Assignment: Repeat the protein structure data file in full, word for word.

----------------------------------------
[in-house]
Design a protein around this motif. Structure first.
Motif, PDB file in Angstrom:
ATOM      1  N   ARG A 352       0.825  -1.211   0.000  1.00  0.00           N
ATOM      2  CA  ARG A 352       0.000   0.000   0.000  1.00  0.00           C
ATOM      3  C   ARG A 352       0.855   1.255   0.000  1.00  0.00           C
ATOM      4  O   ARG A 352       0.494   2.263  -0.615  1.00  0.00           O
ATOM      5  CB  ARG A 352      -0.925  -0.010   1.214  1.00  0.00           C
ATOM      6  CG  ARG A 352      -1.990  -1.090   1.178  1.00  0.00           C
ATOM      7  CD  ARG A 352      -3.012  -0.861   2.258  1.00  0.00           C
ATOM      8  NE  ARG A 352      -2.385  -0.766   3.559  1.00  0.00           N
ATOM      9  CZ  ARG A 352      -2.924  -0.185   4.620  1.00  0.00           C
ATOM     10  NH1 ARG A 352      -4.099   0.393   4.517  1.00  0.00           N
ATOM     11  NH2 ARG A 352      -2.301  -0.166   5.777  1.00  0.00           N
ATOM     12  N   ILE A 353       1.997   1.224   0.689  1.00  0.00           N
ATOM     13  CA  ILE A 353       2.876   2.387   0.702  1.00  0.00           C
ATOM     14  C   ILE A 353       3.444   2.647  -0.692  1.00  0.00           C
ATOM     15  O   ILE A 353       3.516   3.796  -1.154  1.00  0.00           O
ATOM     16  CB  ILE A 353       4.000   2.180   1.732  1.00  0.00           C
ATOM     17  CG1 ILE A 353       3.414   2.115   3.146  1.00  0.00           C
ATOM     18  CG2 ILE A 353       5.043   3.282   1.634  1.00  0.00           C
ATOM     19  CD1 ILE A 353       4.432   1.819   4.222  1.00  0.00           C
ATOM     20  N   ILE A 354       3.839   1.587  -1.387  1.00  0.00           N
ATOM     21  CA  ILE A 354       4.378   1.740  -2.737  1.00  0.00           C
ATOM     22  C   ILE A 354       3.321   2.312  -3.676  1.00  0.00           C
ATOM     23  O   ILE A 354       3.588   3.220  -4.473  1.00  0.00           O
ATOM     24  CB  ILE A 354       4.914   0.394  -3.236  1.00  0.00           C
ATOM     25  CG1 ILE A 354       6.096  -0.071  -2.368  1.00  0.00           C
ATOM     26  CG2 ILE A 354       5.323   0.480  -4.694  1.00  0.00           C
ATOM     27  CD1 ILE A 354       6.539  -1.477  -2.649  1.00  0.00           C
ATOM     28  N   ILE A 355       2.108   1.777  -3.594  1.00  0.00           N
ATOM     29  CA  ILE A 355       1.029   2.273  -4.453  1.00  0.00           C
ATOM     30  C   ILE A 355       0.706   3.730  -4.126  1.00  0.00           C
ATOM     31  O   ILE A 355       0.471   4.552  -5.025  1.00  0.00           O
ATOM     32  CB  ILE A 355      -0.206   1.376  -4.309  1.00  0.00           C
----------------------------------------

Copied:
[in-house]
Design a protein around this motif. Structure first.
Motif, PDB file in Angstrom:
ATOM      1  N   ARG A 352       0.825  -1.211   0.000  1.00  0.00           N
ATOM      2  CA  ARG A 352       0.000   0.000   0.000  1.00  0.00           C
ATOM      3  C   ARG A 352       0.855   1.255   0.000  1.00  0.00           C
ATOM      4  O   ARG A 352       0.494   2.263  -0.615  1.00  0.00           O
ATOM      5  CB  ARG A 352      -0.925  -0.010   1.214  1.00  0.00           C
ATOM      6  CG  ARG A 352      -1.990  -1.090   1.178  1.00  0.00           C
ATOM      7  CD  ARG A 352      -3.012  -0.861   2.258  1.00  0.00           C
ATOM      8  NE  ARG A 352      -2.385  -0.766   3.559  1.00  0.00           N
ATOM      9  CZ  ARG A 352      -2.924  -0.185   4.620  1.00  0.00           C
ATOM     10  NH1 ARG A 352      -4.099   0.393   4.517  1.00  0.00           N
ATOM     11  NH2 ARG A 352      -2.301  -0.166   5.777  1.00  0.00           N
ATOM     12  N   ILE A 353       1.997   1.224   0.689  1.00  0.00           N
ATOM     13  CA  ILE A 353       2.876   2.387   0.702  1.00  0.00           C
ATOM     14  C   ILE A 353       3.444   2.647  -0.692  1.00  0.00           C
ATOM     15  O   ILE A 353       3.516   3.796  -1.154  1.00  0.00           O
ATOM     16  CB  ILE A 353       4.000   2.180   1.732  1.00  0.00           C
ATOM     17  CG1 ILE A 353       3.414   2.115   3.146  1.00  0.00           C
ATOM     18  CG2 ILE A 353       5.043   3.282   1.634  1.00  0.00           C
ATOM     19  CD1 ILE A 353       4.432   1.819   4.222  1.00  0.00           C
ATOM     20  N   ILE A 354       3.839   1.587  -1.387  1.00  0.00           N
ATOM     21  CA  ILE A 354       4.378   1.740  -2.737  1.00  0.00           C
ATOM     22  C   ILE A 354       3.321   2.312  -3.676  1.00  0.00           C
ATOM     23  O   ILE A 354       3.588   3.220  -4.473  1.00  0.00           O
ATOM     24  CB  ILE A 354       4.914   0.394  -3.236  1.00  0.00           C
ATOM     25  CG1 ILE A 354       6.096  -0.071  -2.368  1.00  0.00           C
ATOM     26  CG2 ILE A 354       5.323   0.480  -4.694  1.00  0.00           C
ATOM     27  CD1 ILE A 354       6.539  -1.477  -2.649  1.00  0.00           C
ATOM     28  N   ILE A 355       2.108   1.777  -3.594  1.00  0.00           N
ATOM     29  CA  ILE A 355       1.029   2.273  -4.453  1.00  0.00           C
ATOM     30  C   ILE A 355       0.706   3.730  -4.126  1.00  0.00           C
ATOM     31  O   ILE A 355       0.471   4.552  -5.025  1.00  0.00           O
ATOM     32  CB  ILE A 355      -0.206   1.376  -4.309  1.00  0.00           C